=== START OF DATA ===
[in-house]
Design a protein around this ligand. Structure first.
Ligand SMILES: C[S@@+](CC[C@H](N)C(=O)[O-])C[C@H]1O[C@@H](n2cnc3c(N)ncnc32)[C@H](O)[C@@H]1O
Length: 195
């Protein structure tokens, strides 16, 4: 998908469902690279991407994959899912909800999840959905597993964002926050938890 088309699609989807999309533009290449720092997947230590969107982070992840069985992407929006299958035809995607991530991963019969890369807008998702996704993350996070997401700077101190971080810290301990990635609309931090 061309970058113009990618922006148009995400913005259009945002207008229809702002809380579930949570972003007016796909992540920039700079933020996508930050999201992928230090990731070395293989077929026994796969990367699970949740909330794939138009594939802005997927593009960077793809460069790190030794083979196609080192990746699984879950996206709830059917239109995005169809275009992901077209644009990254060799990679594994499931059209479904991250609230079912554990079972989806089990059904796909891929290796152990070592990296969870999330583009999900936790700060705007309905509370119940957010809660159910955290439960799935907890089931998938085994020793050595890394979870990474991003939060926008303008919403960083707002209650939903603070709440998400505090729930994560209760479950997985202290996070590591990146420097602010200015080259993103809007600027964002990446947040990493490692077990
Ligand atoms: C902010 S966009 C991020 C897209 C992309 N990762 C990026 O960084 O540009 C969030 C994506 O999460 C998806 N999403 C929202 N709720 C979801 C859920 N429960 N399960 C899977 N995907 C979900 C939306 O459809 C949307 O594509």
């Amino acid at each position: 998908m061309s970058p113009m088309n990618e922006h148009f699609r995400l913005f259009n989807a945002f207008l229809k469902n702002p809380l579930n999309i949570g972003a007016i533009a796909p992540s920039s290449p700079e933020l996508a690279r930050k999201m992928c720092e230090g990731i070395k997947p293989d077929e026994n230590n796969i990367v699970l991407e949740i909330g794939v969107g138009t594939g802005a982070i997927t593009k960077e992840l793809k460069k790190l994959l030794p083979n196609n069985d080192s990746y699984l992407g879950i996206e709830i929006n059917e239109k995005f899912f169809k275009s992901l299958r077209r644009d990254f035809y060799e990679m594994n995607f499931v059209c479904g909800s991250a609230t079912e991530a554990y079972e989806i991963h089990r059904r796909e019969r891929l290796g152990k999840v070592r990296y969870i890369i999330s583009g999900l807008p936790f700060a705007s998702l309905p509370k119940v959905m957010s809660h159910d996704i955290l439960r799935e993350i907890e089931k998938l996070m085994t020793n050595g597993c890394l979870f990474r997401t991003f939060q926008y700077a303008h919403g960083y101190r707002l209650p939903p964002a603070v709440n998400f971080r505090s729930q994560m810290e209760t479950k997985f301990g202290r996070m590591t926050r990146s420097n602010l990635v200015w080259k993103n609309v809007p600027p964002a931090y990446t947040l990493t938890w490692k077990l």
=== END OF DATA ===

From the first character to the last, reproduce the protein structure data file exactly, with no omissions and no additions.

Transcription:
[in-house]
Design a protein around this ligand. Structure first.
Ligand SMILES: C[S@@+](CC[C@H](N)C(=O)[O-])C[C@H]1O[C@@H](n2cnc3c(N)ncnc32)[C@H](O)[C@@H]1O
Length: 195
């Protein structure tokens, strides 16, 4: 998908469902690279991407994959899912909800999840959905597993964002926050938890 088309699609989807999309533009290449720092997947230590969107982070992840069985992407929006299958035809995607991530991963019969890369807008998702996704993350996070997401700077101190971080810290301990990635609309931090 061309970058113009990618922006148009995400913005259009945002207008229809702002809380579930949570972003007016796909992540920039700079933020996508930050999201992928230090990731070395293989077929026994796969990367699970949740909330794939138009594939802005997927593009960077793809460069790190030794083979196609080192990746699984879950996206709830059917239109995005169809275009992901077209644009990254060799990679594994499931059209479904991250609230079912554990079972989806089990059904796909891929290796152990070592990296969870999330583009999900936790700060705007309905509370119940957010809660159910955290439960799935907890089931998938085994020793050595890394979870990474991003939060926008303008919403960083707002209650939903603070709440998400505090729930994560209760479950997985202290996070590591990146420097602010200015080259993103809007600027964002990446947040990493490692077990
Ligand atoms: C902010 S966009 C991020 C897209 C992309 N990762 C990026 O960084 O540009 C969030 C994506 O999460 C998806 N999403 C929202 N709720 C979801 C859920 N429960 N399960 C899977 N995907 C979900 C939306 O459809 C949307 O594509």
């Amino acid at each position: 998908m061309s970058p113009m088309n990618e922006h148009f699609r995400l913005f259009n989807a945002f207008l229809k469902n702002p809380l579930n999309i949570g972003a007016i533009a796909p992540s920039s290449p700079e933020l996508a690279r930050k999201m992928c720092e230090g990731i070395k997947p293989d077929e026994n230590n796969i990367v699970l991407e949740i909330g794939v969107g138009t594939g802005a982070i997927t593009k960077e992840l793809k460069k790190l994959l030794p083979n196609n069985d080192s990746y699984l992407g879950i996206e709830i929006n059917e239109k995005f899912f169809k275009s992901l299958r077209r644009d990254f035809y060799e990679m594994n995607f499931v059209c479904g909800s991250a609230t079912e991530a554990y079972e989806i991963h089990r059904r796909e019969r891929l290796g152990k999840v070592r990296y969870i890369i999330s583009g999900l807008p936790f700060a705007s998702l309905p509370k119940v959905m957010s809660h159910d996704i955290l439960r799935e993350i907890e089931k998938l996070m085994t020793n050595g597993c890394l979870f990474r997401t991003f939060q926008y700077a303008h919403g960083y101190r707002l209650p939903p964002a603070v709440n998400f971080r505090s729930q994560m810290e209760t479950k997985f301990g202290r996070m590591t926050r990146s420097n602010l990635v200015w080259k993103n609309v809007p600027p964002a931090y990446t947040l990493t938890w490692k077990l």